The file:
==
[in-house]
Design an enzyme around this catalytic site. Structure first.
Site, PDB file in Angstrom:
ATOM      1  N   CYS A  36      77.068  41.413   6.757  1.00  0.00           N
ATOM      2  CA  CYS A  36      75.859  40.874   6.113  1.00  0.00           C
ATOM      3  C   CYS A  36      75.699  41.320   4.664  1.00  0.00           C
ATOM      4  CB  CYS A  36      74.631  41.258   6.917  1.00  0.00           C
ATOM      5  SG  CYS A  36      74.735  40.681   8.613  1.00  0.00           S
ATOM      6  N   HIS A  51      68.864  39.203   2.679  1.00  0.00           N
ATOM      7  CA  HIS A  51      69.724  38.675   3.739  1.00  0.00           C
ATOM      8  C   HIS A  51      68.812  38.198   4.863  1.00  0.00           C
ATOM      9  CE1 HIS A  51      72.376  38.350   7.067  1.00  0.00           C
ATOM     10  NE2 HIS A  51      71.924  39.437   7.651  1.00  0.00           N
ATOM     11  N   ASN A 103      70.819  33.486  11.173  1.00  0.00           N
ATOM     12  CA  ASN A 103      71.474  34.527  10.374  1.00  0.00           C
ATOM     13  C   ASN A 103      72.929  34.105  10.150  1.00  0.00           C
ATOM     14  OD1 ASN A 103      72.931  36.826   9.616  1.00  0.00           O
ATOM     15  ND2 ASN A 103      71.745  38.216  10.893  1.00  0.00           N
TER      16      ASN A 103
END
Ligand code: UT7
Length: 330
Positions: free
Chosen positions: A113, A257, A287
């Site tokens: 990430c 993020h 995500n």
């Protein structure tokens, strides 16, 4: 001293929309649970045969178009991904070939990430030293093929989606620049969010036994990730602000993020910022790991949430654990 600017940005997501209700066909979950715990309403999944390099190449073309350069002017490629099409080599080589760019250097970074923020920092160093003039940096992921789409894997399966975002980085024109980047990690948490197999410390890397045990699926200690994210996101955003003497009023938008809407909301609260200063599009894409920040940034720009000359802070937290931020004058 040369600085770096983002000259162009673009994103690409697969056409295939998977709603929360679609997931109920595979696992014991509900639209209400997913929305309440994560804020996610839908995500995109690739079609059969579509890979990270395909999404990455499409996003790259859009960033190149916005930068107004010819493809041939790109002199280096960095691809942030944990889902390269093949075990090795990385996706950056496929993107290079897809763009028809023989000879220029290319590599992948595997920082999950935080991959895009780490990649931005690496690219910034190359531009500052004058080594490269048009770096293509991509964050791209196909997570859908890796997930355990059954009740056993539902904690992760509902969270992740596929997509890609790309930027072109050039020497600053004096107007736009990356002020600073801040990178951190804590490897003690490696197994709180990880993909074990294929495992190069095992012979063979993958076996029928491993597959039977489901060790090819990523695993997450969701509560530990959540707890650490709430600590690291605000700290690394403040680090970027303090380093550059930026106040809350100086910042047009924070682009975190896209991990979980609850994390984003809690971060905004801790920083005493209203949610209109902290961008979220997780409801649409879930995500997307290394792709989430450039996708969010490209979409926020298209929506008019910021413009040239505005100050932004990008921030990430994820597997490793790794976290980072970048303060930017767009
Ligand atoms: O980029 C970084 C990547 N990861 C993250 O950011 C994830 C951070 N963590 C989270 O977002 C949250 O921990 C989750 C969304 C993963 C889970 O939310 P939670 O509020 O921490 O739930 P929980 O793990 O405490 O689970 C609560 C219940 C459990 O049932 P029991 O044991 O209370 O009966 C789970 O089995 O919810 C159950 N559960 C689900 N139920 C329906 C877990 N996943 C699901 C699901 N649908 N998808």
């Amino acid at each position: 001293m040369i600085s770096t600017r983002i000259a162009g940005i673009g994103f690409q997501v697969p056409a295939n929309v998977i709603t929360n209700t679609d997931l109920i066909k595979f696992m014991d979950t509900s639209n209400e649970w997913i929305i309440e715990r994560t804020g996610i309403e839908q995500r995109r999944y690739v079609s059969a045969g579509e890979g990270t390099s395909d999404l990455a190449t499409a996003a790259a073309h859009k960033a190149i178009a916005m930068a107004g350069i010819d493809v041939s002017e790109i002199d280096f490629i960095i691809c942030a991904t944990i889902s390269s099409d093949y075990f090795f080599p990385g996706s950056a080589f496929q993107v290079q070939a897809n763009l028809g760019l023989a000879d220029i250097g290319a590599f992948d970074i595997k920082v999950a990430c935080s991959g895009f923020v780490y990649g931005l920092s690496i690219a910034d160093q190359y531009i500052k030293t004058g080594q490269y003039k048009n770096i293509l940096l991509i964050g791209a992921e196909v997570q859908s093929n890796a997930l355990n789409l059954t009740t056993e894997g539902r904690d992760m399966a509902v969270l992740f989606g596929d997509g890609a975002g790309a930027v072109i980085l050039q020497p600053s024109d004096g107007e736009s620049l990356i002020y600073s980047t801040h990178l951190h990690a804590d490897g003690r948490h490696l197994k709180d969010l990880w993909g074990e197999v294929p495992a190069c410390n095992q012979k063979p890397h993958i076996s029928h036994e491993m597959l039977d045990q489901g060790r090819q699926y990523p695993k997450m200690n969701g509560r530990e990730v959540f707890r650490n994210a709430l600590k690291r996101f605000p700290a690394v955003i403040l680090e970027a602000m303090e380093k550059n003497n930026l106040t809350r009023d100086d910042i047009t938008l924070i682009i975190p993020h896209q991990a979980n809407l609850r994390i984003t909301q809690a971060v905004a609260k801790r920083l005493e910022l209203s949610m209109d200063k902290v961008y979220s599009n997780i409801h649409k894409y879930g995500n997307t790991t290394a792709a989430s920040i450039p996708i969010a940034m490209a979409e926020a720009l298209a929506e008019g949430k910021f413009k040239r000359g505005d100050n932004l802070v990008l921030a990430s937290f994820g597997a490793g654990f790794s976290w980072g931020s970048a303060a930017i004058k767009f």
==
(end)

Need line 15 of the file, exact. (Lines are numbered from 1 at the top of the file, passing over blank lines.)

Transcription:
ATOM     12  CA  ASN A 103      71.474  34.527  10.374  1.00  0.00           C